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MSF: Ebola report slams slow WHO response

March 23, 2015

Doctors Without Borders has published a report on the Ebola outbreak which has claimed over 10,000 lives. The frontline aid agency has condemned the slow global response, particularly from the World Health Organization.

Image: Amandine Colin/Ärzte ohne Grenzen

A year on from the start of the worst Ebola outbreak in history, Doctors Without Borders published a report slamming the international community's response to the crisis, particularly that of the World Health Organization (WHO).

Doctors Without Borders - known by its French acronym MSF - also detailed the "indescribable horror" faced by its staff as they were forced to turn away the sick due to a lack of resources and could only spend one minute per patient because of the great number of cases flooding their facilities.

The MSF report accuses the WHO, charged with a leading role on global health emergencies, of being far too slow in taking action and of taking on a distanced, administrative role instead of a dominant medical one. It further accuses the organization of only declaring "a public health emergency of international concern" once Western health workers had contracted the disease while working in the worst-hit countries in West Africa.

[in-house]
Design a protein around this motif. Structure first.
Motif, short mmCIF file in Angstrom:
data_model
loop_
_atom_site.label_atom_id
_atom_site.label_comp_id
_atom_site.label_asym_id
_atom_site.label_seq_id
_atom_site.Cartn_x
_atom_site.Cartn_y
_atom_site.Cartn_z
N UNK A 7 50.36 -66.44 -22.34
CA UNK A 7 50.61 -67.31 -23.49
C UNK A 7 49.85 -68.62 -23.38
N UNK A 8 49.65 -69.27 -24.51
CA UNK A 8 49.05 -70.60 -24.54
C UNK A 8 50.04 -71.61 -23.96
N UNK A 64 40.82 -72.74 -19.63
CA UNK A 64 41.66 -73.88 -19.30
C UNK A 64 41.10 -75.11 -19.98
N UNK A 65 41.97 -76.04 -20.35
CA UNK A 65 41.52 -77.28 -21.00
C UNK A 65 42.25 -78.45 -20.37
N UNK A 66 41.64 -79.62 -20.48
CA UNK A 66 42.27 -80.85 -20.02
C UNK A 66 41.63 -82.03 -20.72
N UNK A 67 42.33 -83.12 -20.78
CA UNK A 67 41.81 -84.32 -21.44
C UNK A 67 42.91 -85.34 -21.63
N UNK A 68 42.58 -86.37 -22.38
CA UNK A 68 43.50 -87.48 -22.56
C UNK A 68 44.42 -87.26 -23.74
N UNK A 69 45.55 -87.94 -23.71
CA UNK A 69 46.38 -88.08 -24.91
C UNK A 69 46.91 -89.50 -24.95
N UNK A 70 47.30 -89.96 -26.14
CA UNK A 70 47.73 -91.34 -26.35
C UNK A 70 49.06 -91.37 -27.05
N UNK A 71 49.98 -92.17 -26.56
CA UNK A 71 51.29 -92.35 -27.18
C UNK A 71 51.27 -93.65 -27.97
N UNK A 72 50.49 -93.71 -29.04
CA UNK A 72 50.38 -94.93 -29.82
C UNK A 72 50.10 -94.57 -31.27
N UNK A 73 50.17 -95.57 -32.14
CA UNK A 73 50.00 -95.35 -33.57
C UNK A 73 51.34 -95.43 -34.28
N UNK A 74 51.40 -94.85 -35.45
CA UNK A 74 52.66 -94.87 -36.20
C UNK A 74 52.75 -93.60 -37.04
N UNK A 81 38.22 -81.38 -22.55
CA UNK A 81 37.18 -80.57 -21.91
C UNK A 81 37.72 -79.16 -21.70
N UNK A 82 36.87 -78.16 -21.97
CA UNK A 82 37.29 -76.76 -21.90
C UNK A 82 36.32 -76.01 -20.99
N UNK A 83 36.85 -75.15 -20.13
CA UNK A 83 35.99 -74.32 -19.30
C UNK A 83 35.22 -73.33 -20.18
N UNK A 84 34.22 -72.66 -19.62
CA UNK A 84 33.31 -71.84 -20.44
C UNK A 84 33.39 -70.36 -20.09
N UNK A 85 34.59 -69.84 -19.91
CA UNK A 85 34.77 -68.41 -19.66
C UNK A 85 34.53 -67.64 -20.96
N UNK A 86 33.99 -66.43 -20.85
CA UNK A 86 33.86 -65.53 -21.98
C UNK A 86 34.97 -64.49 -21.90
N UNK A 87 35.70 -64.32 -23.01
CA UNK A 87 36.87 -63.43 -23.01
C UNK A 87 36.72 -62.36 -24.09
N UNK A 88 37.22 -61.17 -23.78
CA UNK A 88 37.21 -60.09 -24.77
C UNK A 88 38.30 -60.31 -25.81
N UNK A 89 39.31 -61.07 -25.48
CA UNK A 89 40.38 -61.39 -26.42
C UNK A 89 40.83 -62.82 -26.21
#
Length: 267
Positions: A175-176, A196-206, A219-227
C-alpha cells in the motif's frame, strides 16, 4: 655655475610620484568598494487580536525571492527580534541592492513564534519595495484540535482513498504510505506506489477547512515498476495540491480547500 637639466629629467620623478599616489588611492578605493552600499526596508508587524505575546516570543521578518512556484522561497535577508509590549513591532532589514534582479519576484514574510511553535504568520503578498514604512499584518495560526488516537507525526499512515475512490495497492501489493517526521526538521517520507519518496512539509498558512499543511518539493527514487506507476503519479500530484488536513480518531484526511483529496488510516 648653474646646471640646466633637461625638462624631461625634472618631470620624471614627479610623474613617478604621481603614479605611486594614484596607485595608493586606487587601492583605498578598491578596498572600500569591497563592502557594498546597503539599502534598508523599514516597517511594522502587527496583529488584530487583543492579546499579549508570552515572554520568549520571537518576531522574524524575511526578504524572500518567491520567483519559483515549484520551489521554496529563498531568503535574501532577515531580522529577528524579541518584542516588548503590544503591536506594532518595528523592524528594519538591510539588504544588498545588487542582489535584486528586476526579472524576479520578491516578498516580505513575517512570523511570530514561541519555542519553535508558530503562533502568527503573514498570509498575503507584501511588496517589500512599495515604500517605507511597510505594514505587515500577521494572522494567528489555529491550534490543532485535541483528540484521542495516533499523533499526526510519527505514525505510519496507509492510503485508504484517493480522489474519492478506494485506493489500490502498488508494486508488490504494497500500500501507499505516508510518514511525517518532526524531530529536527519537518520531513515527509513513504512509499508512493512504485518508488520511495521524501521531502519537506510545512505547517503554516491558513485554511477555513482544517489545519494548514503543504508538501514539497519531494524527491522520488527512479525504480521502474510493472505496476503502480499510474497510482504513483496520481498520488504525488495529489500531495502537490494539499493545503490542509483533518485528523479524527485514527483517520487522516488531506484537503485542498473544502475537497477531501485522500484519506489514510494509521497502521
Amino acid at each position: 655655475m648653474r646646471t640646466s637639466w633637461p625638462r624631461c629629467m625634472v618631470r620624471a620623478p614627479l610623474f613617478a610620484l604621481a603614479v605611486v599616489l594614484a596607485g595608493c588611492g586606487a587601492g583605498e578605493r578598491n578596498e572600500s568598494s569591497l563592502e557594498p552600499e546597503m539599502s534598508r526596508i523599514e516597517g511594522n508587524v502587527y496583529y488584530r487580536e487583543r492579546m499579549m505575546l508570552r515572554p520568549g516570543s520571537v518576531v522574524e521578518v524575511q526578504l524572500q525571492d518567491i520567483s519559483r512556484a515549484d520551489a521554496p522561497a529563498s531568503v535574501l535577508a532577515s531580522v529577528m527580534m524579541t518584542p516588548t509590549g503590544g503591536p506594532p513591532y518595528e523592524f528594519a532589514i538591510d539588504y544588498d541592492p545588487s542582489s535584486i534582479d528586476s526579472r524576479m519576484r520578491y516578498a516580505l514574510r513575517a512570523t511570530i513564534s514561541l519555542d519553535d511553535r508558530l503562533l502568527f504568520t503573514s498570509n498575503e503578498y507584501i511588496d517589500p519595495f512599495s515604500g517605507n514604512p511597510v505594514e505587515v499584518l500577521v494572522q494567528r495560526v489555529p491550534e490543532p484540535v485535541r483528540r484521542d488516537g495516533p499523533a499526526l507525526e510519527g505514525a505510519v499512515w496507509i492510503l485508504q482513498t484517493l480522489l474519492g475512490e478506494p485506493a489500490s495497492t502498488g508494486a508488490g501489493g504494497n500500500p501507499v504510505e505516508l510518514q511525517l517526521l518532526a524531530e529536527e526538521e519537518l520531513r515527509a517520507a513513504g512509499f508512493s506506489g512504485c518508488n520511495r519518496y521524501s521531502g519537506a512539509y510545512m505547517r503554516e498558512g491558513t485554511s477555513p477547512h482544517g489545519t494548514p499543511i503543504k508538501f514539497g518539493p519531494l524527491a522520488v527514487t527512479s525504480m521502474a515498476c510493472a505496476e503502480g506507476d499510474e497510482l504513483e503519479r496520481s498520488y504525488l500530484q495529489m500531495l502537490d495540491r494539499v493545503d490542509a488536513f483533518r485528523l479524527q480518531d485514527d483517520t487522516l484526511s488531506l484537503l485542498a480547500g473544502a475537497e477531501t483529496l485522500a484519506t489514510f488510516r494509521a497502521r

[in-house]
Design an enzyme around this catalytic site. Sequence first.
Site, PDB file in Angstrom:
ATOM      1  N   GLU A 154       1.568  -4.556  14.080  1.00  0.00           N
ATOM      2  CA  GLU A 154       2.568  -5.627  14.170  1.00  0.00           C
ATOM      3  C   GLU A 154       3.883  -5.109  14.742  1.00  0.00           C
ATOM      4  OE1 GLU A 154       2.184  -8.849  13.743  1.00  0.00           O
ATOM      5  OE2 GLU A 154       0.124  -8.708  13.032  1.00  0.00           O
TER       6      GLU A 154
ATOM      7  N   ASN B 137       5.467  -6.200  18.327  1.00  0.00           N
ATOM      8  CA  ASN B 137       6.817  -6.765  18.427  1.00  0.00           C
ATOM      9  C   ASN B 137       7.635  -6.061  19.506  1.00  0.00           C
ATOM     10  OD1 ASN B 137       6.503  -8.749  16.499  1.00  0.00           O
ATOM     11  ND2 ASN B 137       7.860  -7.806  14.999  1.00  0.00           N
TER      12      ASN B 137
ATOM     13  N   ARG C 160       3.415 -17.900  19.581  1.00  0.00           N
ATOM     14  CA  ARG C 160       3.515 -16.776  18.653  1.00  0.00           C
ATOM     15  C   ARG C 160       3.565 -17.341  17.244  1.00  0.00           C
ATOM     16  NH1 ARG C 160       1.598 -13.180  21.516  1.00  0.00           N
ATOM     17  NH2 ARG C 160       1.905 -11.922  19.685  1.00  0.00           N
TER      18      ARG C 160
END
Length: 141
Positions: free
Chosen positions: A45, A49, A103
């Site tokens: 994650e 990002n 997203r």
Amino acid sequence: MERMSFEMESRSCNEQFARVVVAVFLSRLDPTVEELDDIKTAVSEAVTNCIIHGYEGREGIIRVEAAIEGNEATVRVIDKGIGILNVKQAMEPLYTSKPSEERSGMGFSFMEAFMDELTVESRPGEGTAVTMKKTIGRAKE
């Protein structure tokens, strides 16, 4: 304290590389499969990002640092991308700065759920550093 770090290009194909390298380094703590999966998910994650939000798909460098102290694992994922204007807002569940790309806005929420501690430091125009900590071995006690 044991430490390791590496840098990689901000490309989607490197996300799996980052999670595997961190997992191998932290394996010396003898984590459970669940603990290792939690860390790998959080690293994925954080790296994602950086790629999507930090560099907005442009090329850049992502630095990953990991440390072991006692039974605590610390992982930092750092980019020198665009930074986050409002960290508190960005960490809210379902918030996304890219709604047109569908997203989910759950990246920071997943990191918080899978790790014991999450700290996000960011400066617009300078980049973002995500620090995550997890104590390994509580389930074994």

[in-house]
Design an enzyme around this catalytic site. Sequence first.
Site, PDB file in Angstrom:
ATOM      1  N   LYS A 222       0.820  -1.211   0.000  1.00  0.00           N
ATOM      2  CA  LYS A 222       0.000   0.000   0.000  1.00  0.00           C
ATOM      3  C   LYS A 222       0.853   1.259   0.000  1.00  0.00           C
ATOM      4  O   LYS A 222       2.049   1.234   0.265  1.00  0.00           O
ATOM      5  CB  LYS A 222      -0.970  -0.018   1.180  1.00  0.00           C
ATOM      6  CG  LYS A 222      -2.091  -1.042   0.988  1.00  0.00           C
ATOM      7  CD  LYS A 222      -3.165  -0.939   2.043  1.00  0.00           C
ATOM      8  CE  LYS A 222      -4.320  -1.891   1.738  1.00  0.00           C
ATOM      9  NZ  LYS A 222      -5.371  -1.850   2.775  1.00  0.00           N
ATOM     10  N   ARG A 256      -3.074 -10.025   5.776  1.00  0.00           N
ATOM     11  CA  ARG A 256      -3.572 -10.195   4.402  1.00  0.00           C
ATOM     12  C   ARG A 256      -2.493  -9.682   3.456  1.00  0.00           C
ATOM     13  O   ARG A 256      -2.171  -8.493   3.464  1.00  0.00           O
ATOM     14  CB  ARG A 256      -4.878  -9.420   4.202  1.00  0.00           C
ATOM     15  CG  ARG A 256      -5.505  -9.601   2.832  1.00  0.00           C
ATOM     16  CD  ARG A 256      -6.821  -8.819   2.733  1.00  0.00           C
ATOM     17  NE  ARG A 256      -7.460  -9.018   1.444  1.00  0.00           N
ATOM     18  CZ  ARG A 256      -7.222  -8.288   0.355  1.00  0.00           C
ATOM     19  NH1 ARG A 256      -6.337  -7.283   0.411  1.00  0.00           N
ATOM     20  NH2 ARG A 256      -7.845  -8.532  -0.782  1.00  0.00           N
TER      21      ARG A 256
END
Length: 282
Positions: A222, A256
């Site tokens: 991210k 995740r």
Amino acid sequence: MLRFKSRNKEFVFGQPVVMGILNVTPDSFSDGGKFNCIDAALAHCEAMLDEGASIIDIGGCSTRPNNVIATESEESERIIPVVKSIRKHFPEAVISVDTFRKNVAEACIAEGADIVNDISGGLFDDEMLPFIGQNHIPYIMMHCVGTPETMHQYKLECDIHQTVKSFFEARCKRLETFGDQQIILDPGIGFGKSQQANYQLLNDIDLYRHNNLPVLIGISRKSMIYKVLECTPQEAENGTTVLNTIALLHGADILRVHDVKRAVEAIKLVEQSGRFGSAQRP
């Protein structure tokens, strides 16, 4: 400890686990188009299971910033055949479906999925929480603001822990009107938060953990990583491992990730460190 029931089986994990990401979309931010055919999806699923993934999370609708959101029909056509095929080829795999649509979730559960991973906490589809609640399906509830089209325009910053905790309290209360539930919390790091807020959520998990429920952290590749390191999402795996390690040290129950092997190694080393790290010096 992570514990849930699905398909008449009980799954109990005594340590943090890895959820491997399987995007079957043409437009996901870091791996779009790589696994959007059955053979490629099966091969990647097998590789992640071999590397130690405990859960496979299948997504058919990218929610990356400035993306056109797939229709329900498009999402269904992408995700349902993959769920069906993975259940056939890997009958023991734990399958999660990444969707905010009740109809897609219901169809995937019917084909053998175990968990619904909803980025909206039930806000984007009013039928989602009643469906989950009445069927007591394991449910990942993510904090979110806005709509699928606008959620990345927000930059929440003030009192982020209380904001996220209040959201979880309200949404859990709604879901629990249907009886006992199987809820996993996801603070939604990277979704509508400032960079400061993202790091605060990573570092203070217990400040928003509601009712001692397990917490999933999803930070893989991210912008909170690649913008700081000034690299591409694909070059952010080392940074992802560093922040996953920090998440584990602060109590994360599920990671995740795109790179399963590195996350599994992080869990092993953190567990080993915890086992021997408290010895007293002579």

Meetings instead of action

According to MSF, there was a meeting in Geneva at the end of June last year between the WHO, MSF, and similar agencies, at which the aid group asked for an immediate response in Liberia that did not fully materialize until July, by which time a second wave of the disease had struck.

Of the more than 10,000 Ebola deaths to date, more than 4,200 of them were in Liberia.

"Meetings happened. Action didn't," Marie-Christine Ferir, MSF emergency coordinator, said in the report.

"All the elements that led to the outbreak's resurgence in June were also present in March, but the analysis, recognition and willingness to assume responsibility were not," the report read. Therefore it fell to MSF to bear the brunt of the response in the early months, despite only having 40 staff members with Ebola experience before the spread of the virus began.

The report also criticizes the governments of Sierra Leone and Guinea, the other two hardest-hit countries, for refusing to admit the scale of the epidemic and putting "needless obstacles" in the path of MSF teams.

es/lw (AFP, epd)